Another option are rubber-lined reins which have rubber on one side of the rein with the other side being plain or braided leather. This combination rein offers a polished look with improved handling, and are also often used by western, endurance, and pleasure riders.


A favorite amongst endurance riders, biothane reins are made from synthetic material. Since long, multi-day rides will happen whether the sun is shining or it is pouring down rain, these make it possible to keep a comfortable, secure grip with their weather-resistant properties. These reins are also particularly durable with correct care.

Types of Western Riding Reins

There are a variety of western reins to pick from depending on your mount, whether you’re heading into the show pen, your discipline, and preferences.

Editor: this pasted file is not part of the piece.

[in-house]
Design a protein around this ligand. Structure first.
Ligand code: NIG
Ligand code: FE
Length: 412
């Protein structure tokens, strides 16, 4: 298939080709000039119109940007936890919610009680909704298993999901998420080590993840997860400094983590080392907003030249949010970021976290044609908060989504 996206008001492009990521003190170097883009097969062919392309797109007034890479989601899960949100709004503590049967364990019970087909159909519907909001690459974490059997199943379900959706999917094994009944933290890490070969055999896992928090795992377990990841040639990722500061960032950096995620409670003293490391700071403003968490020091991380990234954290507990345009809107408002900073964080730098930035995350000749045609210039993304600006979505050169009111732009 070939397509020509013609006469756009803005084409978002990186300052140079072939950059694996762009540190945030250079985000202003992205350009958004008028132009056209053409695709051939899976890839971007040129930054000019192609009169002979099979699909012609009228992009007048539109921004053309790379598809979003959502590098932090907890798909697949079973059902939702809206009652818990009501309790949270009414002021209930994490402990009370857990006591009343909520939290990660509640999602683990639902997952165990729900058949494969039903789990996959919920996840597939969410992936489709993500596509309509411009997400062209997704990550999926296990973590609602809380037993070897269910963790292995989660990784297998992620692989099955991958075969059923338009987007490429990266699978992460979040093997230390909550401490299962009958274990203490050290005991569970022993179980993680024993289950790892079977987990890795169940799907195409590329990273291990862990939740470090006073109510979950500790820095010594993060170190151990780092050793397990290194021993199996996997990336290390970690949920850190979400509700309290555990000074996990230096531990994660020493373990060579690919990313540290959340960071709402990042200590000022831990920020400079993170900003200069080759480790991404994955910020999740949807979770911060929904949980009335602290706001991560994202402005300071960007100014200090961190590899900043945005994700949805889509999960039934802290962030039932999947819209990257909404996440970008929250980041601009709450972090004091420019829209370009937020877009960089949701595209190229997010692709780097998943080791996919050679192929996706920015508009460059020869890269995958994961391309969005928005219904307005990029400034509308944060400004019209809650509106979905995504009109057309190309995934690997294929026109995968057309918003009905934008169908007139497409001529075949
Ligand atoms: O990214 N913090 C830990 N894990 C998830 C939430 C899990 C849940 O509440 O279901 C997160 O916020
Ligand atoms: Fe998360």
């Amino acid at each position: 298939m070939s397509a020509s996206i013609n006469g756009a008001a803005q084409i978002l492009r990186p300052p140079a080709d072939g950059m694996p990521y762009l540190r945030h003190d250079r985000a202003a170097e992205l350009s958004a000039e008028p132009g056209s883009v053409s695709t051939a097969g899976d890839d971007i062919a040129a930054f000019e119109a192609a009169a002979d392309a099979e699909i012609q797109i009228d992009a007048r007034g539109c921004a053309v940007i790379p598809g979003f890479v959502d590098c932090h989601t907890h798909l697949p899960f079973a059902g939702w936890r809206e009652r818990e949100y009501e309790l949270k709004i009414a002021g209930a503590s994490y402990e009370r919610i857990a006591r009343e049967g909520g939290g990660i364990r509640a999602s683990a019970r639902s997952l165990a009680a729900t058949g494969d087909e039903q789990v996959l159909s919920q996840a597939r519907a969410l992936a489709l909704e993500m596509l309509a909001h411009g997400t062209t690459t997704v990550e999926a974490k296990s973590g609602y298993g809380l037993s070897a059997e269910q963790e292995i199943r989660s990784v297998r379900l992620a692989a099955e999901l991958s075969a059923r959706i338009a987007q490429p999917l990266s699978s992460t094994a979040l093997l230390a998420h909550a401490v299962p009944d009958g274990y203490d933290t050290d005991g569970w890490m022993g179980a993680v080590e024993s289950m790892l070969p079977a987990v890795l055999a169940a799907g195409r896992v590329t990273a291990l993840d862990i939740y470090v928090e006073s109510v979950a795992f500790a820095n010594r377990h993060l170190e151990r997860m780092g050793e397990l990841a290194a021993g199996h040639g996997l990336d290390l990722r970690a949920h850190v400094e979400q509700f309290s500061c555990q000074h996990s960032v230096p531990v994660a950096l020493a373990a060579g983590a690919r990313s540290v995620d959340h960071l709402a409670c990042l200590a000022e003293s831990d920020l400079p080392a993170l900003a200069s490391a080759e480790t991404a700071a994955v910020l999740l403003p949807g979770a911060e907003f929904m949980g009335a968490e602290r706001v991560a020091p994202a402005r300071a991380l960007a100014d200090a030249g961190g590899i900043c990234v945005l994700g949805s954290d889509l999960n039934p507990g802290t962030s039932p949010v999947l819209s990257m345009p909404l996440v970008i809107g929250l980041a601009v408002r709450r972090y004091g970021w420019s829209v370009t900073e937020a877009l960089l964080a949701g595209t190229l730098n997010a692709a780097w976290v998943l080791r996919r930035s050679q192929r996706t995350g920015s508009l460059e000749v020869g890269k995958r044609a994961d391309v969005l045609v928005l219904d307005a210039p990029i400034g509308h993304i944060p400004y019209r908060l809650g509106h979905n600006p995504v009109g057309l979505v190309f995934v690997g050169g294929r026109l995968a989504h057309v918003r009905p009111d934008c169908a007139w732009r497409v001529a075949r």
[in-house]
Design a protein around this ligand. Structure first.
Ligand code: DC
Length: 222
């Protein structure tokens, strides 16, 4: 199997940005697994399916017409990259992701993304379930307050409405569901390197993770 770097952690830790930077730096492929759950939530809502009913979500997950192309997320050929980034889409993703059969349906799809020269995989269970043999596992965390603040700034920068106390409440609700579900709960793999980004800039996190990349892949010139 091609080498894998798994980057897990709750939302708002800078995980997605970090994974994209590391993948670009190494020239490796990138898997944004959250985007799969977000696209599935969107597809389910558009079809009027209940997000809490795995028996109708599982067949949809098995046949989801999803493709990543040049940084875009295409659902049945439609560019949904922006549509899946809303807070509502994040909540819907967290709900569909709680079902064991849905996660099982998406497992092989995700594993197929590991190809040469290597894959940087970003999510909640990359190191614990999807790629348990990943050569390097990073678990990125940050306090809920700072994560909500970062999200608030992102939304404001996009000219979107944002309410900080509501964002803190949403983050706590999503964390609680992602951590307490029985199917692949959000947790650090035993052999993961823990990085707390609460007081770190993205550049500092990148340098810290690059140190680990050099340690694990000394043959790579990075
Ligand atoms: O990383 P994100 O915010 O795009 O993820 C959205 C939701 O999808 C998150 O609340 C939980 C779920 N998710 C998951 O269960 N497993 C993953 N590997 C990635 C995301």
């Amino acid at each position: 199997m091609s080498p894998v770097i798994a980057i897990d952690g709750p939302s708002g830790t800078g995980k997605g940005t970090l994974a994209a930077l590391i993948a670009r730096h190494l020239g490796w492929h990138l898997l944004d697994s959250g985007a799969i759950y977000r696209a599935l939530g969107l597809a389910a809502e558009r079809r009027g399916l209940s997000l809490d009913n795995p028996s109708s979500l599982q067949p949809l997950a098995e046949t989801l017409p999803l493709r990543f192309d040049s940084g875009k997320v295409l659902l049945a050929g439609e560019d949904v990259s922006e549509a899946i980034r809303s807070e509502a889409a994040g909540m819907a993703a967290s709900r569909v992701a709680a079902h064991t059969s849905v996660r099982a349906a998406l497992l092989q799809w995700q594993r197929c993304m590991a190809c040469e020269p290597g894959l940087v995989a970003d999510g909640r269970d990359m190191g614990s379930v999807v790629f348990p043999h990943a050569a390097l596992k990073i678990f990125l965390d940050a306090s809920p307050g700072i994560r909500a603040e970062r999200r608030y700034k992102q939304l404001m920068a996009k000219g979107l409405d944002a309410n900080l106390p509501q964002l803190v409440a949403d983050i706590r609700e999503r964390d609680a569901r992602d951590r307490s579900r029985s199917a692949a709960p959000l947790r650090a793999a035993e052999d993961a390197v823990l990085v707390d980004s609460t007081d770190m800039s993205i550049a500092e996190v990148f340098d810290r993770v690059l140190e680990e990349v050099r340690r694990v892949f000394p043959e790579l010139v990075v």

Split Reins

split reins for western headstall

Split reins are the go-to for much of the western world. They are often crafted from two separate pieces of long, smooth leather that are not joined together. These reins are quite versatile and can be used when working with a green horse or a performance horse working on advanced maneuvers, like a spin or sliding stop. Split reins allow for more expert handling, giving an experienced rider the ability to shorten, lengthen, and utilize each rein individually as needed without affecting the opposite site of the horse’s mouth.

Romal Reins